All along, whenever Paul Johnson addressed the topic of retirement, he said he would stop coaching at Georgia Tech when he stopped enjoying it. That was evidently the point that Johnson reached this past season, his 11th at Tech and his 40th in coaching.
“I told (athletic director Todd Stansbury) in the middle of the year that it wasn’t much fun,” Johnson said Thursday at his news conference to answer questions about his decision to step down as the 12th full-time coach of the Yellow Jackets.
As he sat next to Stansbury before media in the Edge Center, the 61-year-old Johnson looked at ease – smiling, joking and reflecting. He seemed like a man ready to explore a new phase in his life with his wife, Susan, and daughter, Kaitlyn, who is at the beginning stages of a professional opera career. For now, at least, the never-ending cycle of a coaching life will come to a halt.
“It’s never seemed like work, so it was a difficult decision, but it’s one that I think I needed to make, and I know that I need a break,” Johnson said.
He left the door open for a possible return. A man whose competitive drive is renown in a business rife with hyper-competitive men, Johnson acknowledged that nothing will compare with the chess matches he directed from the sidelines. He suggested that he might be able to slake his thirst through fishing, which seemed on the improbable side, but otherwise may be a distressing development for local bass.
“I may get out there and go, ‘Man, why didn’t I do this five years ago?’ or I may be out there and go, ‘I really miss (football),’” Johnson said.
Stansbury left the decision to step down up to Johnson, not wanting to rush him. But some space following Tech’s last game of the regular season – a 45-21 defeat to rival Georgia on Saturday – did nothing to change his mind. Johnson wanted to make a decision quickly, with the early signing period beginning Dec. 19. Tech has 15 players committed, and Johnson wanted to give them and the new coach time to connect and determine if both sides were still willing to stay committed.
“It would have been easier to do it after the bowl game, but I wasn’t going to mislead recruits,” Johnson said.
Stansbury and Johnson met Wednesday, when the decision was finalized. Johnson met with his team in the afternoon. At the end of the meeting, Stansbury said, Jackets players honored him with a standing ovation.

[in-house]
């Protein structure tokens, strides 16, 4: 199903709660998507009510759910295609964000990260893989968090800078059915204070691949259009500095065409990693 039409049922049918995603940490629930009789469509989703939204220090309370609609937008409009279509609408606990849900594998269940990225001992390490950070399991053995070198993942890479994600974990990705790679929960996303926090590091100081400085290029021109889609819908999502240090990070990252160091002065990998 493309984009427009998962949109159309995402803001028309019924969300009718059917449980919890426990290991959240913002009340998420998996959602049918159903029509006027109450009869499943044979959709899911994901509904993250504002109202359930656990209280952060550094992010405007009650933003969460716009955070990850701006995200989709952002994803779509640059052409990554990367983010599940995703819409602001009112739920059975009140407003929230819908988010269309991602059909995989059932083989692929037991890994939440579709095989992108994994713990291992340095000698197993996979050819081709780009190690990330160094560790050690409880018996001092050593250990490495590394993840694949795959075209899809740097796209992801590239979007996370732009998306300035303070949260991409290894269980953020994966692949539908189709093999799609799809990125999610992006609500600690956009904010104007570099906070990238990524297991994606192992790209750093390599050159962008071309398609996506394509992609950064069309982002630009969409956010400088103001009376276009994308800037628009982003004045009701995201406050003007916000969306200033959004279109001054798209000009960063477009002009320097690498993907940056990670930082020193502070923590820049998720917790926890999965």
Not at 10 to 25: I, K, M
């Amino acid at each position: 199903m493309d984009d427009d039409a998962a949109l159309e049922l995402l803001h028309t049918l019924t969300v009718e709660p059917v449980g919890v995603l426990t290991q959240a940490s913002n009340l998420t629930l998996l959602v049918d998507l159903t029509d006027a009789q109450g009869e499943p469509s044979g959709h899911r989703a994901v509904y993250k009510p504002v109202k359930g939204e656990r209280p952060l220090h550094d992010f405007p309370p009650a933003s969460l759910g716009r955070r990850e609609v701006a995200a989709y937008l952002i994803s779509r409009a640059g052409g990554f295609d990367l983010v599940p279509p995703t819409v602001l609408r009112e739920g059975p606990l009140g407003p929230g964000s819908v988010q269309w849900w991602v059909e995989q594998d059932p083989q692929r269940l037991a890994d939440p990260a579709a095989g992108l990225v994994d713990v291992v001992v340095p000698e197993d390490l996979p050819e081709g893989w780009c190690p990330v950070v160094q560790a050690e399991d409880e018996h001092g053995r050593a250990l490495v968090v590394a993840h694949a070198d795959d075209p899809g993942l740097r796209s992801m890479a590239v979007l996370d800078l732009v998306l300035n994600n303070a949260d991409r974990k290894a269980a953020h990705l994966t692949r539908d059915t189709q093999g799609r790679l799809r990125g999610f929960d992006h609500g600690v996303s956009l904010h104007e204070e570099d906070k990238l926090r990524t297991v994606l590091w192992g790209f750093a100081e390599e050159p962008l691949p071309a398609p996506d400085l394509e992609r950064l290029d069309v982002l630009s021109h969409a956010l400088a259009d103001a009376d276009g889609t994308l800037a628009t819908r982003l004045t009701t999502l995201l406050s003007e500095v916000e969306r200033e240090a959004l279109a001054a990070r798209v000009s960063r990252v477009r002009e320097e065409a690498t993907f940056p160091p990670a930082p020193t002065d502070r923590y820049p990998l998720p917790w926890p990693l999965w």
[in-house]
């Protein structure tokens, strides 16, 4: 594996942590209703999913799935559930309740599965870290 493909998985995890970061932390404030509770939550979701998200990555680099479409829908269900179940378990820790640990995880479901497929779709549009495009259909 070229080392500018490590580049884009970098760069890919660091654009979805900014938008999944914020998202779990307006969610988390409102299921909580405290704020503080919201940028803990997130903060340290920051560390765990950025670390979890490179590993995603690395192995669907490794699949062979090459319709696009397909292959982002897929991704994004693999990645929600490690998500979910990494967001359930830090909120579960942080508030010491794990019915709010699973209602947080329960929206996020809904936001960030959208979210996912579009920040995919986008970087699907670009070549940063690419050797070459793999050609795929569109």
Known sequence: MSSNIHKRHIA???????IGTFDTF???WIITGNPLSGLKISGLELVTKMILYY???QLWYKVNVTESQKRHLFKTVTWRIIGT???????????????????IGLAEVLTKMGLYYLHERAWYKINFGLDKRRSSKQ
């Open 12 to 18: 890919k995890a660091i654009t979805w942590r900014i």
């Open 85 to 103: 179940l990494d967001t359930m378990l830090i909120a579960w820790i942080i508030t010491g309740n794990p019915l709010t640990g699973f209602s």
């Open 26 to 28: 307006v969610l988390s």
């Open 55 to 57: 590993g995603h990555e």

Stansbury said that he has been in a number of similar meetings where a head coach has departed for one reason or another, “and I can honestly say I’ve never been in a team meeting like that one I was in (Wednesday). Very emotional. You could definitely see the bond between head coach and his team.”
Stansbury’s management of the situation with Johnson was one last act in a partnership that Johnson has clearly relished, as the AD has stood in his corner and addressed the wish list that Johnson has carried, such as a new locker room and additional staff. Johnson went so far as to say that, if not for Stansbury’s hire in 2016 (following Mike Bobinski’s departure for Purdue), he was ready then to take his leave.
“Because it wasn’t much fun,” he said. “It was drudgery.”
Being Johnson, he didn’t let the opportunity pass to take on perceptions held by fans and media. No, he said, a coach would not have difficulty adapting Johnson’s players to a new scheme.
“None of these kids grew up in the fifth grade lining up in double slot (Tech’s base formation) and that’s all they’ve ever played their whole life,” he said. “They’re all football players.”
And, while he has often been portrayed as a grumpy pain (or worse), he noted that he was hired to be head coach at Georgia Southern and Navy after serving previously as offensive coordinator at both places.
“If it was that bad, I don’t think the schools you worked at would want to hire you back,” Johnson said.
He tried to take sum of his career. He won two Division I-AA (now FCS) national championships at Georgia Southern, he won five Commander-in-Chief trophies at Navy and led Tech to two Orange Bowls after the Jackets had not played in a major bowl game since Bobby Dodd’s final season in 1966. He was named ACC coach of the year three times.
“It’s been a good run,” he said. “That’s what I’d say. I’ll let people judge that, but in my mind, I’m satisfied with it.”
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